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Training Delivery and Compliance Bureau
(916) 227-4863

Regional Skills Training Centers Questions
Steven Craig
(916) 227-5562

Perishable Skills Program

The Training Delivery and Compliance Bureau (TDC) is the principal liaison between the Commission and Law Enforcement Agencies, training managers, and Course Presenters. The bureau works with over 700 POST law enforcement presenters, as well as a number of agencies not in the POST program, to certify quality law enforcement training and to ensure the delivery of that training.

Perishable Skills/Communications Requirement for CPT. Effective January 1, 2002, all peace officers (except Reserve officers) below the middle management position and assigned to patrol, traffic, or investigation who routinely effect the physical arrest of criminal suspects are required to complete Perishable Skills and Communications training. In-lieu of completing the training, the requirement may be met by successfully passing a presenter-developed test that measures the approved training objectives.

Perishable Skills training shall consist of a minimum of 12 hours in each two-year period. Of the total 12 hours required, a minimum of 4 hours of each of the three following topical areas shall be completed:

  • Arrest and Control
  • Driver Training/Awareness or Driving Simulator*
  • Tactical Firearms* or Force Options Simulator
     

*Reference Commission Procedure D-2 for minimum requirements.

Communications training, either tactical or interpersonal, shall consist of a minimum of 2 hours in each two-year period. Reference Commission Procedure D-2 for minimum requirements.

It is recommended that managers and executives complete, within their two-year compliance cycle, two hours of CPT devoted to updates in the perishable skills topical areas enumerated above.

Exemptions: Agencies may request an exemption from all or part of the Perishable Skills and Communications training requirement. Agencies must request an exemption in writing and provide an attestation that their peace officers do not carry firearms, or they infrequently interact with or effect physical arrests of criminal suspects, or do not utilized marked emergency vehicles during normal course of business.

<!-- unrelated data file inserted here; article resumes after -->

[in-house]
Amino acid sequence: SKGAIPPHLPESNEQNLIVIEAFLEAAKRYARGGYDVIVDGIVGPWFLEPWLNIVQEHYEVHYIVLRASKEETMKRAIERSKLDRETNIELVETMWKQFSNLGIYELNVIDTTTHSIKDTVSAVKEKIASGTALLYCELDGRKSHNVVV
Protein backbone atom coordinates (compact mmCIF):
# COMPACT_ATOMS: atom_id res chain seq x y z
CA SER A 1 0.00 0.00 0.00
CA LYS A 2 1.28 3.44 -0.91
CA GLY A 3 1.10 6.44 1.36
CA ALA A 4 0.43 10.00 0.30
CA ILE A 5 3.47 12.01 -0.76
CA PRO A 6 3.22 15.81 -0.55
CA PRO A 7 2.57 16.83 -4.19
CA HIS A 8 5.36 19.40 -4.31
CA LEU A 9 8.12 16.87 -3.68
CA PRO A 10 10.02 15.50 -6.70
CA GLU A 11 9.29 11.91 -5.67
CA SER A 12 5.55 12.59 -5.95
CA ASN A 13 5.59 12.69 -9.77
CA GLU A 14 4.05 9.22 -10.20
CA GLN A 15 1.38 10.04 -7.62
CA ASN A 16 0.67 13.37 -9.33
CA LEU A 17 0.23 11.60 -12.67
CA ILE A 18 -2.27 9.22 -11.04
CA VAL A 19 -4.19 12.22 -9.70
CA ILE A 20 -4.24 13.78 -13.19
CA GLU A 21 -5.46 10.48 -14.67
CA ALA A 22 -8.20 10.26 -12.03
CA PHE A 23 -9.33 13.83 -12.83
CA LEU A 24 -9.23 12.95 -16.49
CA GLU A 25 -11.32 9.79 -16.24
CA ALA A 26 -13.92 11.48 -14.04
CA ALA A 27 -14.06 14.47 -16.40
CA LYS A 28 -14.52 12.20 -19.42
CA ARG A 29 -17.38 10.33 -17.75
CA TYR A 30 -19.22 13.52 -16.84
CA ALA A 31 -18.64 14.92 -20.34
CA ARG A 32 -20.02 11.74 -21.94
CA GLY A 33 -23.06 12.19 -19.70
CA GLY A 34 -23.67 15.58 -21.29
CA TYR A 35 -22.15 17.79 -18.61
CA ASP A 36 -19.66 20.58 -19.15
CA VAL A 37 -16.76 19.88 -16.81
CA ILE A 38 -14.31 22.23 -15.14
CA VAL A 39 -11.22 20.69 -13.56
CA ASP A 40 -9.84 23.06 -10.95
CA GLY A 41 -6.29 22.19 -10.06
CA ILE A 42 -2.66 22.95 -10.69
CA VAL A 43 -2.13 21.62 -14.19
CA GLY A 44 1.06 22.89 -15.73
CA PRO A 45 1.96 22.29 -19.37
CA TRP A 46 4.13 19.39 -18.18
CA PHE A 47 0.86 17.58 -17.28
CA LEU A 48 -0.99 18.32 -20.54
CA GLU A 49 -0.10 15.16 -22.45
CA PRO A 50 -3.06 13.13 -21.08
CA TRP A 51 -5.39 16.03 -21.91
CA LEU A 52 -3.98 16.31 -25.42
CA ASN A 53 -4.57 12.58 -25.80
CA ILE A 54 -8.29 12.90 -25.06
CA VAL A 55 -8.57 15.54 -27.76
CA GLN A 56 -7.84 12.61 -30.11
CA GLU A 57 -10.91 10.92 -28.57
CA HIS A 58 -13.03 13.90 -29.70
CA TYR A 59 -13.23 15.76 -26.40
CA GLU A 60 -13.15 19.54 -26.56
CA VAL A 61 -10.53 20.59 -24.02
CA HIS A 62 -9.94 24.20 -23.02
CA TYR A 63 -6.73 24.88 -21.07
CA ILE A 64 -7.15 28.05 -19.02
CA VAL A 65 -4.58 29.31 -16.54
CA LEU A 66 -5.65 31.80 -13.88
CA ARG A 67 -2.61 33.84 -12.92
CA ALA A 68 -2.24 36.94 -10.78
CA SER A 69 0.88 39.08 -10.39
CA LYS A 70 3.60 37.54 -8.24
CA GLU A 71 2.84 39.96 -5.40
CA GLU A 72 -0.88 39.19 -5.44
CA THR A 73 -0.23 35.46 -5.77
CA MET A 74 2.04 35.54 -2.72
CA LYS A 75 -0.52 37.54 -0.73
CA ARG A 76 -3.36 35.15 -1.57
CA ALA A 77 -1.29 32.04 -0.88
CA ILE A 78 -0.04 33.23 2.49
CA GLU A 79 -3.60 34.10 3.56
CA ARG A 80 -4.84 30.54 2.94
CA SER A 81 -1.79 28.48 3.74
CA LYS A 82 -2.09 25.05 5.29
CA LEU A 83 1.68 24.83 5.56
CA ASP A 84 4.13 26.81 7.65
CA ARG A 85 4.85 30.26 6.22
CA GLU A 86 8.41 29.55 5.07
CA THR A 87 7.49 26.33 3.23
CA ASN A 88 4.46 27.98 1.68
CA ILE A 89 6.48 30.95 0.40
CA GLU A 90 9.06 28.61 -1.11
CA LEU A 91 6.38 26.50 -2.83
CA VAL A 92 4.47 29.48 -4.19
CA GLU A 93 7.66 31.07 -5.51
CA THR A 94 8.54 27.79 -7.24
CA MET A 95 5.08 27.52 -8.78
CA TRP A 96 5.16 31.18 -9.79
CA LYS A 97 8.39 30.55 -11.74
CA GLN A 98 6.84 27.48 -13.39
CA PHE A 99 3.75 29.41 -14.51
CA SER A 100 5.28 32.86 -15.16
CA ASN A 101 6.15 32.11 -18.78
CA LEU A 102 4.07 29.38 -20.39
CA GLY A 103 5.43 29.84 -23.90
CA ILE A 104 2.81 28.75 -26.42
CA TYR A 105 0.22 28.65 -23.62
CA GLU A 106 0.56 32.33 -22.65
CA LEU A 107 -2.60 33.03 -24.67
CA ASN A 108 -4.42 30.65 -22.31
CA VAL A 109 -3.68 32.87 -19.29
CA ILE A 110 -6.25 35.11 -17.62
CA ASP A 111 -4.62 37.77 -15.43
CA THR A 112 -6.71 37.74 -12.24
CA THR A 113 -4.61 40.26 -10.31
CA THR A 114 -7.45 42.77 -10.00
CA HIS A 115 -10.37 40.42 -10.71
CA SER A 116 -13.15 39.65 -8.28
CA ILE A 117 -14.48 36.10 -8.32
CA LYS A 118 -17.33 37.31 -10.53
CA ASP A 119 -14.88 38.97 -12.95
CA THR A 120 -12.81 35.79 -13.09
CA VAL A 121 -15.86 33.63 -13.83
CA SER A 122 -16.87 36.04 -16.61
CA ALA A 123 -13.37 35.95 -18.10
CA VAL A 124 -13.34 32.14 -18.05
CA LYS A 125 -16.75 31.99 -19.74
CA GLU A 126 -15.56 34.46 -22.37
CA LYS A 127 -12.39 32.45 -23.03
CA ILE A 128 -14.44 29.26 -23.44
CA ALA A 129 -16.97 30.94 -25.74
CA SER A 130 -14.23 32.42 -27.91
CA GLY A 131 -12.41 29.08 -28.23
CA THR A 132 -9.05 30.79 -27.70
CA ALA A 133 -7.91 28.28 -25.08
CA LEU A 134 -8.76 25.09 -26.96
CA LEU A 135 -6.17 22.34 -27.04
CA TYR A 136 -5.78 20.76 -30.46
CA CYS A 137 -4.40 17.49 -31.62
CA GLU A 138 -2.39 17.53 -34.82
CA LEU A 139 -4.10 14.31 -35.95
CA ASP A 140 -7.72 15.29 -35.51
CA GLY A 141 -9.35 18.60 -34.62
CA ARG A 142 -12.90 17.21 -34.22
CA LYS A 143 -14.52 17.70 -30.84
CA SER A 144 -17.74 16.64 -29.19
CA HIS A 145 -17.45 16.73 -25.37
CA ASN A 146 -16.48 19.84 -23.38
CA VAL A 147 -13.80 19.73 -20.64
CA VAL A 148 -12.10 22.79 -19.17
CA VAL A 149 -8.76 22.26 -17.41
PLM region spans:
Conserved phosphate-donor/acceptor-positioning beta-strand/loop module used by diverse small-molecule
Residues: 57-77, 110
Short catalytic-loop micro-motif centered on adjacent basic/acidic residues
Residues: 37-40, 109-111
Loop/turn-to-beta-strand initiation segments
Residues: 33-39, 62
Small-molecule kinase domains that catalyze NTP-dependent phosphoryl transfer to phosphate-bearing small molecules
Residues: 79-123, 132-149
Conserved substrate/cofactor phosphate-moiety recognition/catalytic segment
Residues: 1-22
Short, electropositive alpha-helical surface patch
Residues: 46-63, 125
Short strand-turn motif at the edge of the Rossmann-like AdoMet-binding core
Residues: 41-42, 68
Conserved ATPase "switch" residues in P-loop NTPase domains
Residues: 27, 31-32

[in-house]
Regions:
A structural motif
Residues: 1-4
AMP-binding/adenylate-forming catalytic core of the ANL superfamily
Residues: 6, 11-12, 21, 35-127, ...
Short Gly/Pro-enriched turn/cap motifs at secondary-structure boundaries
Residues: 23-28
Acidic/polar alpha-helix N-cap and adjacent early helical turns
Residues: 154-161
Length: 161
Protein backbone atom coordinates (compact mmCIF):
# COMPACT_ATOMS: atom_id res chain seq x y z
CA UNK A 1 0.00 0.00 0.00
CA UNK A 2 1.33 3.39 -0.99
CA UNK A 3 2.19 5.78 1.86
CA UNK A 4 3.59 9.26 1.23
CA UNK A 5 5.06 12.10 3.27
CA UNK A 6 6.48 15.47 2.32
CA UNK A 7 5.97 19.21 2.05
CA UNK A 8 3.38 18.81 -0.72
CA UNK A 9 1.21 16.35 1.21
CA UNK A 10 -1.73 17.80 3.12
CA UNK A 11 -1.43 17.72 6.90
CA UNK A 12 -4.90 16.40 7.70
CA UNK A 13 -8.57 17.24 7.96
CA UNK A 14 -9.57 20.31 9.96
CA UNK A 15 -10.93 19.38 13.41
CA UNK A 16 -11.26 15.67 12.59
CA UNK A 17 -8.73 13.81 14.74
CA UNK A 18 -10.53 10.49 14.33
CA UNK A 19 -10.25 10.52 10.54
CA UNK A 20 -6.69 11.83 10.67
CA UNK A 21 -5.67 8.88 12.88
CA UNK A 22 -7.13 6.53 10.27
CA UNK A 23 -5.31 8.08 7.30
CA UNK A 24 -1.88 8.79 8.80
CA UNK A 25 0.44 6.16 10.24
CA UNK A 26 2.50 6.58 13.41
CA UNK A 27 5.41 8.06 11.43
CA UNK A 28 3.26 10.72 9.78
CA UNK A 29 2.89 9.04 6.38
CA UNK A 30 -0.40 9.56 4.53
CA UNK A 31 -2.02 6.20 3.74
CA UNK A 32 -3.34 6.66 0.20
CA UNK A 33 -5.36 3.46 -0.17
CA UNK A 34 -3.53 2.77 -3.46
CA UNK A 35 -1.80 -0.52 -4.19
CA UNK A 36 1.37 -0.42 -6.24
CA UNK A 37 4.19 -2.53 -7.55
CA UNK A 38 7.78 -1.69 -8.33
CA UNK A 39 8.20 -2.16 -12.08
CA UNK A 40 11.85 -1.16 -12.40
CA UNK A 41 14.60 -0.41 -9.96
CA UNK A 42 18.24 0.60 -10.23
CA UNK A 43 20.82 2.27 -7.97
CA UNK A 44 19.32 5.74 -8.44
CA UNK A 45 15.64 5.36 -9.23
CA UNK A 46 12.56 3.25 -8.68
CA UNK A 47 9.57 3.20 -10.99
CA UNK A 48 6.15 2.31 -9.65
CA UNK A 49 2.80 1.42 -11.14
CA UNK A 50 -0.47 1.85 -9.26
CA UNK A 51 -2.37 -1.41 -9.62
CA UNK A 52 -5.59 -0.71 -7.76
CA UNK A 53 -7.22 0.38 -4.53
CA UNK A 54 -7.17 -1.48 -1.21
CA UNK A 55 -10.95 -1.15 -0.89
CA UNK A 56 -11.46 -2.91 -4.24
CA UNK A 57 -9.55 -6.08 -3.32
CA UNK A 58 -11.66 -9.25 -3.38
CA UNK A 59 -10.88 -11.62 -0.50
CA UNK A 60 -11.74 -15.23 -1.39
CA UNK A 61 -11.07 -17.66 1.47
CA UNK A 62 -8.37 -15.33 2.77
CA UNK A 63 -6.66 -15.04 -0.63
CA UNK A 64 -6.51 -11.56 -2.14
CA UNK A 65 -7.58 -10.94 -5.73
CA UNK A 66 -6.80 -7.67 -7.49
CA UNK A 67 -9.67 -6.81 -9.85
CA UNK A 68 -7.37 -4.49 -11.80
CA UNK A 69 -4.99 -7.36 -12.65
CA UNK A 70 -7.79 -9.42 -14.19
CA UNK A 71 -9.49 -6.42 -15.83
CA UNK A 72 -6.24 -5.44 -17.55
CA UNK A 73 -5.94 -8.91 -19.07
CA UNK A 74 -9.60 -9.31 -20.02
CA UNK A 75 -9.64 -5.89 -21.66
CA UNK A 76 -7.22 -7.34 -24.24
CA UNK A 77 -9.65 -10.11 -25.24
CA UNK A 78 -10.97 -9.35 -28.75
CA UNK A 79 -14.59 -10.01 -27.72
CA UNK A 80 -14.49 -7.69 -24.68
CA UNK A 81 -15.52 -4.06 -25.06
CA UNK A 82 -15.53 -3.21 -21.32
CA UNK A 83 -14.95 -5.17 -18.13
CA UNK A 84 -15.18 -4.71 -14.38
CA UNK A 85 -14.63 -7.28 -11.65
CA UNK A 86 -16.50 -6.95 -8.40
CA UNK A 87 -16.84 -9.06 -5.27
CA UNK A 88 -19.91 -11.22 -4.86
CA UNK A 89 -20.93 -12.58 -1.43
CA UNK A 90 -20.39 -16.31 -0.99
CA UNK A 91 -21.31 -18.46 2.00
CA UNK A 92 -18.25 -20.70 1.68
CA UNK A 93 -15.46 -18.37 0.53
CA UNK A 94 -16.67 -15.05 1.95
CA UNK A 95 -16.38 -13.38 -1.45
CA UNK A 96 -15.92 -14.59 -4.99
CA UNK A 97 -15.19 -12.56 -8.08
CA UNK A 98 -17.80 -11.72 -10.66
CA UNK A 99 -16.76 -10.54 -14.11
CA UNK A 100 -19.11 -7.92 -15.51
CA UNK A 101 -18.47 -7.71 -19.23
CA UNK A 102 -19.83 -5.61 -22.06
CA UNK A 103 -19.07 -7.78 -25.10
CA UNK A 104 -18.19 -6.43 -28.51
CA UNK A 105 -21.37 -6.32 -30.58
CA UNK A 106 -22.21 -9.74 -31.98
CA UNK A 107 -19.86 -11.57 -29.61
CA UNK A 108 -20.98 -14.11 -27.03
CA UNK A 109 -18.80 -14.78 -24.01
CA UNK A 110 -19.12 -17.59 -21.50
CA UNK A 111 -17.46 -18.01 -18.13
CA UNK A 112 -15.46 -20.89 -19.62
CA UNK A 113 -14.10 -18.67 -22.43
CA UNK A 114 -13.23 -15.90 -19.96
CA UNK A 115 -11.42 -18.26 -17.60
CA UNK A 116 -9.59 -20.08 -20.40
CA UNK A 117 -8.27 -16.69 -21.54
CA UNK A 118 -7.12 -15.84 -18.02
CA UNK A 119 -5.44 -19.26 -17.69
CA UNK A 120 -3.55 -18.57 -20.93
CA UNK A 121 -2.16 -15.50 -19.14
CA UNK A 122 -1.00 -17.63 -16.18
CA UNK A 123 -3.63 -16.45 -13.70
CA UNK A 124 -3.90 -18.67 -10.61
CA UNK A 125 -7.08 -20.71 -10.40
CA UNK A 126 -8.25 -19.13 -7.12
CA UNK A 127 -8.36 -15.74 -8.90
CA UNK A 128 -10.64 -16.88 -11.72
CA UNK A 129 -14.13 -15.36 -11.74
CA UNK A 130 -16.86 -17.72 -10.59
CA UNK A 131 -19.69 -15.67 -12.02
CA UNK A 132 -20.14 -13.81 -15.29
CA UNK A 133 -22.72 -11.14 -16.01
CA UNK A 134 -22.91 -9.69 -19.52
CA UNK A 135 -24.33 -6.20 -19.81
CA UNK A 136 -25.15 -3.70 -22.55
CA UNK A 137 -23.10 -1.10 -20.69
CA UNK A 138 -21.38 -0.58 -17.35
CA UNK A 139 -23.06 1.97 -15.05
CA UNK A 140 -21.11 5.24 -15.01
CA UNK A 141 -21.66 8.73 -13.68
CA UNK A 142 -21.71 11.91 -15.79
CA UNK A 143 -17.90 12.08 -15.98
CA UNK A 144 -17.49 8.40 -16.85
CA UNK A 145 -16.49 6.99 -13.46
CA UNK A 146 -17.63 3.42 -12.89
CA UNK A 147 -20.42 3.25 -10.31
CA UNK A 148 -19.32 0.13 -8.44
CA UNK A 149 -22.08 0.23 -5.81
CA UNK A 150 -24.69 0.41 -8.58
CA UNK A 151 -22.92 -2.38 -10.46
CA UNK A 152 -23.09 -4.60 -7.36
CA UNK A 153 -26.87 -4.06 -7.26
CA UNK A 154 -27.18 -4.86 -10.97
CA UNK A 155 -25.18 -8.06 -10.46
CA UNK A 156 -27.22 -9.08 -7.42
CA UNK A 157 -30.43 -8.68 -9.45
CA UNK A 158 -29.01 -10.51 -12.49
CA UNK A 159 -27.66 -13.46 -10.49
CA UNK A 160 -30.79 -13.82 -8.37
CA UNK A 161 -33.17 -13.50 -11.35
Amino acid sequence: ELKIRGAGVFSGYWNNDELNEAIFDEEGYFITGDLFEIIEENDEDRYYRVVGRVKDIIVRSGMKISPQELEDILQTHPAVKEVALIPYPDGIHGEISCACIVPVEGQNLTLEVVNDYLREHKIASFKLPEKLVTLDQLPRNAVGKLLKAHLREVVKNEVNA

Contacting the Training Delivery and Compliance Bureau

The state is divided into ten service areas, each of which is overseen and serviced by a law enforcement training consultant assigned to this bureau. You may reach TDC staff by using POST’s Region Map and Bureau Contact Information.

For additional information, please contact the Training Delivery and Compliance Bureau at (916) 227-4862 or (916) 227-4863.
 

Regional Skills Training Centers

POST has developed 24 Regional Skills Training Centers (RSTCs) to provide a cost effective way to meet the perishable skills training needs of more than 60,000 sworn officers. Each site is equipped with Law Enforcement Driving Simulators (LEDS), Force Options Simulators (FOS), skid training cars and platforms, training mannequins, computers, LCD projectors and other related training equipment. Implementation costs for each site are about $603,000. Total equipment costs to date are approximately $15,000,000.

The intent of this program is to place an RSTC within one hour's driving time of every California law enforcement agency. In addition to the fixed locations, there are mobile FOS and LEDS systems that take simulation training to agencies located in remote areas of the state. The cost of delivering the training is absorbed by POST through contracts with the presenters. The average tuition for each four-hour course is $79.00.

Studies have shown that incidents involving Perishable Skills make up the majority of law enforcement and civilian deaths, injuries and resulting legal claims. The same studies show that after two years without refresher training, those skills begin to deteriorate. Perishable Skills for peace officers have been identified as driving, tactical firearms, force options, arrest and control, and verbal communications.

The LEDS and FOS provide a series of simulations based on real situations encountered by California peace officers. The officer trainees hone judgment and decision making skills in a safe environment while faced with the distractions (lights, sirens, radio calls, partners, suspects, and citizens) that occur in the real world. The skid car trainers, mannequins, and other equipment focus on psychomotor training.